many white piggy banks surrounding a large calculator For college-educated workers, earnings at age 25 are typically only 42% of their peak earnings, and in this case, “saving for retirement when income is temporarily low could be suboptimal.” (Photo: Shutterstock)

Conventional wisdom has always said that young people should start saving for retirement early in their careers. That may be the wrong approach for some workers, according to a new report from the National Bureau of Economic Research.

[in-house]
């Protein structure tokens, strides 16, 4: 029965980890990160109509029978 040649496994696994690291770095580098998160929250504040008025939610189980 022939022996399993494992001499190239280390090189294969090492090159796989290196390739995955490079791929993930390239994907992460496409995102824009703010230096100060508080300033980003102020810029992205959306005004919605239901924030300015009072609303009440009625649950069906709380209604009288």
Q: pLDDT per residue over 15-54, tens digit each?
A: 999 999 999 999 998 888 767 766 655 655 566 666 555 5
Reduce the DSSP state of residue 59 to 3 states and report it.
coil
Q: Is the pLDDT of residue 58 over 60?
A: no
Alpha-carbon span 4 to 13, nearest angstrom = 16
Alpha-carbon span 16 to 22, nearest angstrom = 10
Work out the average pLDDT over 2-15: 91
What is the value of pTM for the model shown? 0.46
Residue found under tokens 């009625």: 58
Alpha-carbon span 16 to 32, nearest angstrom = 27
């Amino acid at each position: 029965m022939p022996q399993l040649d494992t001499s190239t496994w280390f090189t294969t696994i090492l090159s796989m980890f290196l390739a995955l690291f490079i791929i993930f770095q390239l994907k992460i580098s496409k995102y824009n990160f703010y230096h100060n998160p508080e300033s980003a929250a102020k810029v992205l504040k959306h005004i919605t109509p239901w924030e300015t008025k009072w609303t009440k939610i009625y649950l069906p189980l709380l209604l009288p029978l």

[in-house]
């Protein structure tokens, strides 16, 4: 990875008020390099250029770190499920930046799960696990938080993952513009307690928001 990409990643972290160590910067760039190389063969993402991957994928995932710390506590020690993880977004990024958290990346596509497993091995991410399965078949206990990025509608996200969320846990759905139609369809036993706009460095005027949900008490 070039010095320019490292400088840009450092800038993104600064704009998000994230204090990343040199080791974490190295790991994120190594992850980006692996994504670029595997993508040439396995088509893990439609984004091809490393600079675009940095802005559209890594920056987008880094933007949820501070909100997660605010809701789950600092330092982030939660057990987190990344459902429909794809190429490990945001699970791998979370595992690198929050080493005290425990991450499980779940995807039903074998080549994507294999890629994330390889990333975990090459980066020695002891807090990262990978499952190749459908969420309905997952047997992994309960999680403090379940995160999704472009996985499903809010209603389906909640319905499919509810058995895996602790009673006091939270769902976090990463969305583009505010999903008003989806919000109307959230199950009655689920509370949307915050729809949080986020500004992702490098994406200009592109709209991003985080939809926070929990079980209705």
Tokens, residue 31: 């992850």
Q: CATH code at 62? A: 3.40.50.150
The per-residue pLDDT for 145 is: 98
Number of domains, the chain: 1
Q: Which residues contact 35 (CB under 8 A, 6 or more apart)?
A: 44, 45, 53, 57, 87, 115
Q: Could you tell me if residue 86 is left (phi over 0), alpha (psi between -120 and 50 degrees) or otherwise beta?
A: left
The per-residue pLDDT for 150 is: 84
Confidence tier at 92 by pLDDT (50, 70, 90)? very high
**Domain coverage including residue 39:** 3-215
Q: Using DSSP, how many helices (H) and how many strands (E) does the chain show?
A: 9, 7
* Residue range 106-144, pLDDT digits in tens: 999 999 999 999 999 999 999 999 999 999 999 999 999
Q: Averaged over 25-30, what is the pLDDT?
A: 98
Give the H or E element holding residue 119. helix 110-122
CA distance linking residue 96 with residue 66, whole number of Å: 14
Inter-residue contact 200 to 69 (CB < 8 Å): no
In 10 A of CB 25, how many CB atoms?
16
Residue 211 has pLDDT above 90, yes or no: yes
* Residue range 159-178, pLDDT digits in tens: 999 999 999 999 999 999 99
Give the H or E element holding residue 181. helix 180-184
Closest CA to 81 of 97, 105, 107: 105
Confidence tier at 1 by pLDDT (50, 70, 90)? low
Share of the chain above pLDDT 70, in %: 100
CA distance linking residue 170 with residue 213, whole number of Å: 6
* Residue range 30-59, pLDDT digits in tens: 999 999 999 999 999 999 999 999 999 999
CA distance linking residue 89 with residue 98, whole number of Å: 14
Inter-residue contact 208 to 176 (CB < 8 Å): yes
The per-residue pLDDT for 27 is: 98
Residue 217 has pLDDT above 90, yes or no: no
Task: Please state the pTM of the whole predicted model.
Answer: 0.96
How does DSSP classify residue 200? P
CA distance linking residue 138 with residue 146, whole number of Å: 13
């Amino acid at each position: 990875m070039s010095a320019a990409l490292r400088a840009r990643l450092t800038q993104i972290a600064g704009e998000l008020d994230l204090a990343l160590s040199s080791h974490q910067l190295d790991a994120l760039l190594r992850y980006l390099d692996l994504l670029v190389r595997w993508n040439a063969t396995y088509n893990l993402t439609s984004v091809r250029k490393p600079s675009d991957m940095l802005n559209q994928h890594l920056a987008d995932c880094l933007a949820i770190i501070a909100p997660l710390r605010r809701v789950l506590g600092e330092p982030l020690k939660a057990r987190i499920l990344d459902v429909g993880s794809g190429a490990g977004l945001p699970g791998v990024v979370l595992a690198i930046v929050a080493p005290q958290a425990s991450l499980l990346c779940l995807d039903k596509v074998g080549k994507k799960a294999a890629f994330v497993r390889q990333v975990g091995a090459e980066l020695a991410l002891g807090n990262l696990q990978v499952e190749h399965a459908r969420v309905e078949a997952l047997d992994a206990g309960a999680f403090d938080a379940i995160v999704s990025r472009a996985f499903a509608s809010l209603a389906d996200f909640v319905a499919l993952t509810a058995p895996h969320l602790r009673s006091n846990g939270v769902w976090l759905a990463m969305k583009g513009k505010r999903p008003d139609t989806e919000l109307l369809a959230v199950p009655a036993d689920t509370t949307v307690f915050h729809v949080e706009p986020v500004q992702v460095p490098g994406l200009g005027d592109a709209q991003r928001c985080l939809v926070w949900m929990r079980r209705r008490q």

Researchers suggest that because life is uncertain, sacrificing now for a presumed better life decades in the future may not always be the best strategy. The report uses a lifecycle model based on a millennial born in 1995 who begins work at age 25 and retires at age 67. It assumes a 27% in federal and state tax rate, 2% inflation and standard Social Security benefits. It also looks at the effects of an employer 401(k) match of 50% on up to 6% of wages.

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